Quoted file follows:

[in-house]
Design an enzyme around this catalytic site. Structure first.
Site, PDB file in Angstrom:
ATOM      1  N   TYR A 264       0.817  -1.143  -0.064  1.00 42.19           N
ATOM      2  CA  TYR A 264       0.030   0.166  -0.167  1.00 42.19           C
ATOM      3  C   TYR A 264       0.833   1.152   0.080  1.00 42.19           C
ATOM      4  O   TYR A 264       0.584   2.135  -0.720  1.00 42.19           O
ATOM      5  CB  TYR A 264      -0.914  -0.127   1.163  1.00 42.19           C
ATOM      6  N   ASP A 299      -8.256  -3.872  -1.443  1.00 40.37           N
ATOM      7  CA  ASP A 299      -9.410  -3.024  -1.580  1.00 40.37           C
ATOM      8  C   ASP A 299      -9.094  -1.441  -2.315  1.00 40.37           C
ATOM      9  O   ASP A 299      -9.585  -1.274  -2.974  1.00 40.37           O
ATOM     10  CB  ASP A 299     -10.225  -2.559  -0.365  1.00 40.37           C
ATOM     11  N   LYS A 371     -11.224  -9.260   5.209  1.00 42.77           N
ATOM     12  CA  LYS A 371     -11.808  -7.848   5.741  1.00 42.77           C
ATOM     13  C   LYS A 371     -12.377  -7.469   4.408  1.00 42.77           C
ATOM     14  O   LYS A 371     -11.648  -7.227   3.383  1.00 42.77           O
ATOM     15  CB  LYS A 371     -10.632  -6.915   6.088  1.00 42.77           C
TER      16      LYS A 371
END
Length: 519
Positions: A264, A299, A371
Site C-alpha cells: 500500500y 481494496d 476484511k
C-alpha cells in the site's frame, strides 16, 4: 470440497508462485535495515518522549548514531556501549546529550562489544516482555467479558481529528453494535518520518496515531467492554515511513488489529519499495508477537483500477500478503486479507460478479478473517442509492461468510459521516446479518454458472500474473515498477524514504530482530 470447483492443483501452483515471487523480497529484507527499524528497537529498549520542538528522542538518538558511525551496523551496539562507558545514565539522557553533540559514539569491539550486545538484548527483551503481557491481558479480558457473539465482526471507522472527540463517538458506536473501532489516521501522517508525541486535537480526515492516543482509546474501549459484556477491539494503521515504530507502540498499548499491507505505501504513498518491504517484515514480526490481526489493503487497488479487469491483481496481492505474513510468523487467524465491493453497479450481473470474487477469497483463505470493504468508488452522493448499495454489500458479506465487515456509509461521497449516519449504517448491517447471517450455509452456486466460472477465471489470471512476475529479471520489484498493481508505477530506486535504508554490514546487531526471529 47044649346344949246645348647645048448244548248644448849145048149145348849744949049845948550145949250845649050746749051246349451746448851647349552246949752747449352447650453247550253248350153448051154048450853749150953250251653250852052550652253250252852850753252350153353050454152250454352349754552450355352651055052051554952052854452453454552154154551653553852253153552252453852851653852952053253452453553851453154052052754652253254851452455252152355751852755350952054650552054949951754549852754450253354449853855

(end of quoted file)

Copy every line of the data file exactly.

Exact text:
[in-house]
Design an enzyme around this catalytic site. Structure first.
Site, PDB file in Angstrom:
ATOM      1  N   TYR A 264       0.817  -1.143  -0.064  1.00 42.19           N
ATOM      2  CA  TYR A 264       0.030   0.166  -0.167  1.00 42.19           C
ATOM      3  C   TYR A 264       0.833   1.152   0.080  1.00 42.19           C
ATOM      4  O   TYR A 264       0.584   2.135  -0.720  1.00 42.19           O
ATOM      5  CB  TYR A 264      -0.914  -0.127   1.163  1.00 42.19           C
ATOM      6  N   ASP A 299      -8.256  -3.872  -1.443  1.00 40.37           N
ATOM      7  CA  ASP A 299      -9.410  -3.024  -1.580  1.00 40.37           C
ATOM      8  C   ASP A 299      -9.094  -1.441  -2.315  1.00 40.37           C
ATOM      9  O   ASP A 299      -9.585  -1.274  -2.974  1.00 40.37           O
ATOM     10  CB  ASP A 299     -10.225  -2.559  -0.365  1.00 40.37           C
ATOM     11  N   LYS A 371     -11.224  -9.260   5.209  1.00 42.77           N
ATOM     12  CA  LYS A 371     -11.808  -7.848   5.741  1.00 42.77           C
ATOM     13  C   LYS A 371     -12.377  -7.469   4.408  1.00 42.77           C
ATOM     14  O   LYS A 371     -11.648  -7.227   3.383  1.00 42.77           O
ATOM     15  CB  LYS A 371     -10.632  -6.915   6.088  1.00 42.77           C
TER      16      LYS A 371
END
Length: 519
Positions: A264, A299, A371
Site C-alpha cells: 500500500y 481494496d 476484511k
C-alpha cells in the site's frame, strides 16, 4: 470440497508462485535495515518522549548514531556501549546529550562489544516482555467479558481529528453494535518520518496515531467492554515511513488489529519499495508477537483500477500478503486479507460478479478473517442509492461468510459521516446479518454458472500474473515498477524514504530482530 470447483492443483501452483515471487523480497529484507527499524528497537529498549520542538528522542538518538558511525551496523551496539562507558545514565539522557553533540559514539569491539550486545538484548527483551503481557491481558479480558457473539465482526471507522472527540463517538458506536473501532489516521501522517508525541486535537480526515492516543482509546474501549459484556477491539494503521515504530507502540498499548499491507505505501504513498518491504517484515514480526490481526489493503487497488479487469491483481496481492505474513510468523487467524465491493453497479450481473470474487477469497483463505470493504468508488452522493448499495454489500458479506465487515456509509461521497449516519449504517448491517447471517450455509452456486466460472477465471489470471512476475529479471520489484498493481508505477530506486535504508554490514546487531526471529 47044649346344949246645348647645048448244548248644448849145048149145348849744949049845948550145949250845649050746749051246349451746448851647349552246949752747449352447650453247550253248350153448051154048450853749150953250251653250852052550652253250252852850753252350153353050454152250454352349754552450355352651055052051554952052854452453454552154154551653553852253153552252453852851653852952053253452453553851453154052052754652253254851452455252152355751852755350952054650552054949951754549852754450253354449853855